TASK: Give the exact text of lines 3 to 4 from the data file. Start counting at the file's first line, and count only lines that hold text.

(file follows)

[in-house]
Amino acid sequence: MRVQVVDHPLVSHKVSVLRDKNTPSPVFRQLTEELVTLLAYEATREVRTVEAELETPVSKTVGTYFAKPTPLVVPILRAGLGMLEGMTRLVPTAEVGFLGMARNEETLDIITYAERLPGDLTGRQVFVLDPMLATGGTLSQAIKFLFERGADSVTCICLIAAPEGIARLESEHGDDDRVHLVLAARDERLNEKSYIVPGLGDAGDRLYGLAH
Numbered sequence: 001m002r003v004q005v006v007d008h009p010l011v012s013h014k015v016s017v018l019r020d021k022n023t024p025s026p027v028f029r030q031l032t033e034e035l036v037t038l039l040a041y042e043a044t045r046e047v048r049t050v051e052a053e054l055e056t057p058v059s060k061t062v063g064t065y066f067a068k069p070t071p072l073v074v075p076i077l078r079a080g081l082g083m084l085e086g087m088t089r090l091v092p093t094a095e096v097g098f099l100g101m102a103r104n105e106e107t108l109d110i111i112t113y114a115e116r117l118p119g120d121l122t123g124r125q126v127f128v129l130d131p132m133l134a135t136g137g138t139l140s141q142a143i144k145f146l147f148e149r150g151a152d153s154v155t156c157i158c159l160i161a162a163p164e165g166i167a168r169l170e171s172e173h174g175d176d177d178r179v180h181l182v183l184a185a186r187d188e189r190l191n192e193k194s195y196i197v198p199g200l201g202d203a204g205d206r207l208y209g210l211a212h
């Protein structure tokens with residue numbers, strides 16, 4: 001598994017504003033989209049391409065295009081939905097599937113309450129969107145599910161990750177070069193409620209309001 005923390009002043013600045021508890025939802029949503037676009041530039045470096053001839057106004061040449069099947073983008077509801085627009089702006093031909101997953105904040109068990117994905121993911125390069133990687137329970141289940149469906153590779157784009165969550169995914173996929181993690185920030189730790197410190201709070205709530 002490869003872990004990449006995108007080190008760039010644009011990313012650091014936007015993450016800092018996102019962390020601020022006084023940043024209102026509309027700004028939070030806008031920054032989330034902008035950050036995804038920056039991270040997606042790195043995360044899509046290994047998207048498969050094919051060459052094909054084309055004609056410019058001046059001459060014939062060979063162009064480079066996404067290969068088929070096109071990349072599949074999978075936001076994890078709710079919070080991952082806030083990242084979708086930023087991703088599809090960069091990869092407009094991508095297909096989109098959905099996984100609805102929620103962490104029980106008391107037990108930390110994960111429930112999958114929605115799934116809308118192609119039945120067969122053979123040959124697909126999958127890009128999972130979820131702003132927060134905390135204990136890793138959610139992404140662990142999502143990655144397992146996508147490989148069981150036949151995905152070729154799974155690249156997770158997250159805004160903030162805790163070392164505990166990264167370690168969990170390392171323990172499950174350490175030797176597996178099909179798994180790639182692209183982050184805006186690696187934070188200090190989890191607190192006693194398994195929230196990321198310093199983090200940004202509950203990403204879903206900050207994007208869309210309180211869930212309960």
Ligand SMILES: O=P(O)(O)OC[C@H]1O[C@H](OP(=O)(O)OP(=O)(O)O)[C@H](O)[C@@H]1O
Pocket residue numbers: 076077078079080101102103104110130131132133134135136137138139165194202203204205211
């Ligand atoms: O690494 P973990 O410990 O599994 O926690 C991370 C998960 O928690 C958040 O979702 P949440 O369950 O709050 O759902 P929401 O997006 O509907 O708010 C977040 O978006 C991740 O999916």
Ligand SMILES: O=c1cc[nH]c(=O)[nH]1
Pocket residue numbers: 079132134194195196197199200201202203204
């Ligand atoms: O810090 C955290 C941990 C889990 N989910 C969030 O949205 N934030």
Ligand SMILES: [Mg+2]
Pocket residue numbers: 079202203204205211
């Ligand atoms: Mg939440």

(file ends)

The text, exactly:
Numbered sequence: 001m002r003v004q005v006v007d008h009p010l011v012s013h014k015v016s017v018l019r020d021k022n023t024p025s026p027v028f029r030q031l032t033e034e035l036v037t038l039l040a041y042e043a044t045r046e047v048r049t050v051e052a053e054l055e056t057p058v059s060k061t062v063g064t065y066f067a068k069p070t071p072l073v074v075p076i077l078r079a080g081l082g083m084l085e086g087m088t089r090l091v092p093t094a095e096v097g098f099l100g101m102a103r104n105e106e107t108l109d110i111i112t113y114a115e116r117l118p119g120d121l122t123g124r125q126v127f128v129l130d131p132m133l134a135t136g137g138t139l140s141q142a143i144k145f146l147f148e149r150g151a152d153s154v155t156c157i158c159l160i161a162a163p164e165g166i167a168r169l170e171s172e173h174g175d176d177d178r179v180h181l182v183l184a185a186r187d188e189r190l191n192e193k194s195y196i197v198p199g200l201g202d203a204g205d206r207l208y209g210l211a212h
């Protein structure tokens with residue numbers, strides 16, 4: 001598994017504003033989209049391409065295009081939905097599937113309450129969107145599910161990750177070069193409620209309001 005923390009002043013600045021508890025939802029949503037676009041530039045470096053001839057106004061040449069099947073983008077509801085627009089702006093031909101997953105904040109068990117994905121993911125390069133990687137329970141289940149469906153590779157784009165969550169995914173996929181993690185920030189730790197410190201709070205709530 002490869003872990004990449006995108007080190008760039010644009011990313012650091014936007015993450016800092018996102019962390020601020022006084023940043024209102026509309027700004028939070030806008031920054032989330034902008035950050036995804038920056039991270040997606042790195043995360044899509046290994047998207048498969050094919051060459052094909054084309055004609056410019058001046059001459060014939062060979063162009064480079066996404067290969068088929070096109071990349072599949074999978075936001076994890078709710079919070080991952082806030083990242084979708086930023087991703088599809090960069091990869092407009094991508095297909096989109098959905099996984100609805102929620103962490104029980106008391107037990108930390110994960111429930112999958114929605115799934116809308118192609119039945120067969122053979123040959124697909126999958127890009128999972130979820131702003132927060134905390135204990136890793138959610139992404140662990142999502143990655144397992146996508147490989148069981150036949151995905152070729154799974155690249156997770158997250159805004160903030162805790163070392164505990166990264167370690168969990170390392171323990172499950174350490175030797176597996178099909179798994180790639182692209183982050184805006186690696187934070188200090190989890191607190192006693194398994195929230196990321198310093199983090200940004202509950203990403204879903206900050207994007208869309210309180211869930212309960």